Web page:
Jose G. Perez

Philip L Ferguson PLF13 at
Sun Sep 26 18:22:22 MDT 1999


I find it almost unbelievable that you see no difference in calling for an
imperilaist government to intervene in a Third World country and calling on
such a government to uphold its own laws in its own territory.

As someone else pointed out, the question at this level is one of sovereignty.

I might add that related to this is the division of the world into
oppressor and oppressed nations, a distinction which Lenin argued was
critical in the imperialist epoch.

If the CNRT leadership has made the mistake of calling for an imperialist
institution to effectively take over the running of East Timor, that is one
thing; for Marxists in an oppressor nation to call for their government to
intervene is entirely another.

What next?  If the Kurds or the 'Marsh Arabs' came under renewed attack
from Baghdad and called on the UN to send a military force to do over
Saddam Hussein, should we support this?  If Belize was threatened by
Guatemala and called for US troops to go in to save them, should you as a
Marxist in the US leap in and demand intervention from Washington?

My answer to these questions would be a resounding 'no'.

Moreover, the call for Australian and NZ troops to go in totally cuts
across independent working class politics in Australia and NZ.  When the
masses are united with the ruling classes in supporting military
intervention by Canberra and Wellington, that weakens the ability of the
masses to fight for ANYTHING.  It is a major blow against independent, ie
class politics.

The Australian and NZ ruling classes have been able to rerieve the moral
high ground through their intervention as well.  The 24 years of
collaboration with the Indonesian junta and its repression of the Timorese
are being wiped out and instead of suffering a political price for their
past positions, Canberra and Wellington are gaining kudos for 'saving' the
East Timorese, the poor 'victims' who could not save themselves.  So we
have a new pc version of 'the white man's burden', in which imperialist
intervention is necessary to save some people in the Third World from other
people in the Third World.

Let's also be clear about the UN and an intervention.  I was reading a copy
of the August issue of the Australian left-wing journal 'Socialist
Alternative' at the weekend.  It didn't have anything about Timor, coming
out before the latest stuff, but there was an article that made the
interesting point that a lot of Marxists can see that their own government
represents the interests of the ruling class and yet become completely
mystified when a whole lot of capitlaist governments get together, as in
the UN; then there are Marxists who suddenly think that this 'world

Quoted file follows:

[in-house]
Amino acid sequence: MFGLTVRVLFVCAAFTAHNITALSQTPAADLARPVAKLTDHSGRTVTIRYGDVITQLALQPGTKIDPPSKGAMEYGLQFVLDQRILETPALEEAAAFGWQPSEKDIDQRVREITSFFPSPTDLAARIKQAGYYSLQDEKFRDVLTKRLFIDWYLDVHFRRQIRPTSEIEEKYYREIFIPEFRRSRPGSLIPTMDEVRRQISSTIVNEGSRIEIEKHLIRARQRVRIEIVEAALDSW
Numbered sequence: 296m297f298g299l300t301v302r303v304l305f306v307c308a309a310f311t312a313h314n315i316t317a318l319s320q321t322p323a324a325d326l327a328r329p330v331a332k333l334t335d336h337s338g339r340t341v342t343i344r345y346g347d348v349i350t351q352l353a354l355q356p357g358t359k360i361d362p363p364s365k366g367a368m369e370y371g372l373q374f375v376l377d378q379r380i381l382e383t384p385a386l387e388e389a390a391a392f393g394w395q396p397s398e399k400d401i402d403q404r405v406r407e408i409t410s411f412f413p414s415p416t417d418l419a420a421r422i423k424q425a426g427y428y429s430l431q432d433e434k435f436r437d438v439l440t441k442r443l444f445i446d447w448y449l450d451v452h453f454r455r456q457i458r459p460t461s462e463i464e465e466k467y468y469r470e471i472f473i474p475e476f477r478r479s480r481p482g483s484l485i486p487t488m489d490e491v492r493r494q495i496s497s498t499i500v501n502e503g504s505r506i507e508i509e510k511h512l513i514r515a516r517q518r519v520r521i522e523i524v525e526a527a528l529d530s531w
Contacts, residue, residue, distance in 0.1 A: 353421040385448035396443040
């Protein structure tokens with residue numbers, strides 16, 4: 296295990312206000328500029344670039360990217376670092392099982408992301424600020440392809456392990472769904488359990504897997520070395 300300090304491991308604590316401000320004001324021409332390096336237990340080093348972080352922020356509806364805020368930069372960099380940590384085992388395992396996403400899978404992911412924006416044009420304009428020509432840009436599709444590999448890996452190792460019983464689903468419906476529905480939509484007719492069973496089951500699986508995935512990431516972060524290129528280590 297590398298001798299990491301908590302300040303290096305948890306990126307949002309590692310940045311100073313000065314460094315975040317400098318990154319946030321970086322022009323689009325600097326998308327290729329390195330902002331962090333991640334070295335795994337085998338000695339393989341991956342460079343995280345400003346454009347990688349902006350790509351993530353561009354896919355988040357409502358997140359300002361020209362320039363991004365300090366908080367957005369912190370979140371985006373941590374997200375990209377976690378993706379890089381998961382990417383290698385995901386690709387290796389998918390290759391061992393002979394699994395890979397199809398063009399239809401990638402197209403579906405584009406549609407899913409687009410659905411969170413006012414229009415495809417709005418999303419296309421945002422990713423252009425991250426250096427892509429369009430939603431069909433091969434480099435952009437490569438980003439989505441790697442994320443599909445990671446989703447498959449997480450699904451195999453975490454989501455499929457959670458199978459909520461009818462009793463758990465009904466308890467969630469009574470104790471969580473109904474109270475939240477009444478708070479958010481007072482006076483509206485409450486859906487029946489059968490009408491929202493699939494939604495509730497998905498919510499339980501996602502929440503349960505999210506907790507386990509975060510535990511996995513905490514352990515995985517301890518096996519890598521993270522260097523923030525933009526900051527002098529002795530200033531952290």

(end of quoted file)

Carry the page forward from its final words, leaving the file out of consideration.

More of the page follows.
government' stands above class interests.

So let me make it clear, yet again: the UN represents the interests of
'capital in general' at the global level.  It has always done this.  Today,
it is more stark than ever, because the demise of the Soviet bloc means
there are no checks whatsoever on the Western powers who control the UN.

Moreover, UN intervention is always a farce.  It is always really
intervention by a specific imperialist power.  Usually the US.  But in the
case of East Timor, it is Australia and New Zealand, the little Prussias of
the South Pacific.

This is, most decidely, an Australian imperialist intervention, and a very
major one.  It marks a departure for the Australian ruling class, because
this is the first time they have actually provided imperialist leadership
in the region.  So it is a new era of Aussie imperialism.  And if they can
get away with this, there will be more interventions in the future.

The last Labour government in NZ, in the 1980s, stepped up NZ military
involvement in the Pacific to levels not seen since WW2.  At the same time,
they banned US warships from NZ waters.  This confused most of the 'peace
movement' here, who are anti-American and pro-NZ imperialism.  In fact the
ban on US warships was part of achieving a nationalist-populist consensus
in the country behind Labour - it was a very popular move - and then using
this popularity to launch the most savage attacks on the NZ working class
since the Depression of the 1930s.

The struggle against illusions that people in NZ and Australia have in our
ruling classes and their interests in exploiting the working class at home
and oppressing people in the Asia-Pacific region, is a crucial part of the
tasks of Marxists in our two countries.

That is not a 'popular' position but, as Owen Jones pointed out, the job of
Marxists is not to start with what is popular, but what is necessary.  It
is to win people to the politics necessary to make a revolution, not for us
to move to wherever 'popular opinion' happens to be at any one point in
(By the way, great post, Owen!)

Philip Ferguson

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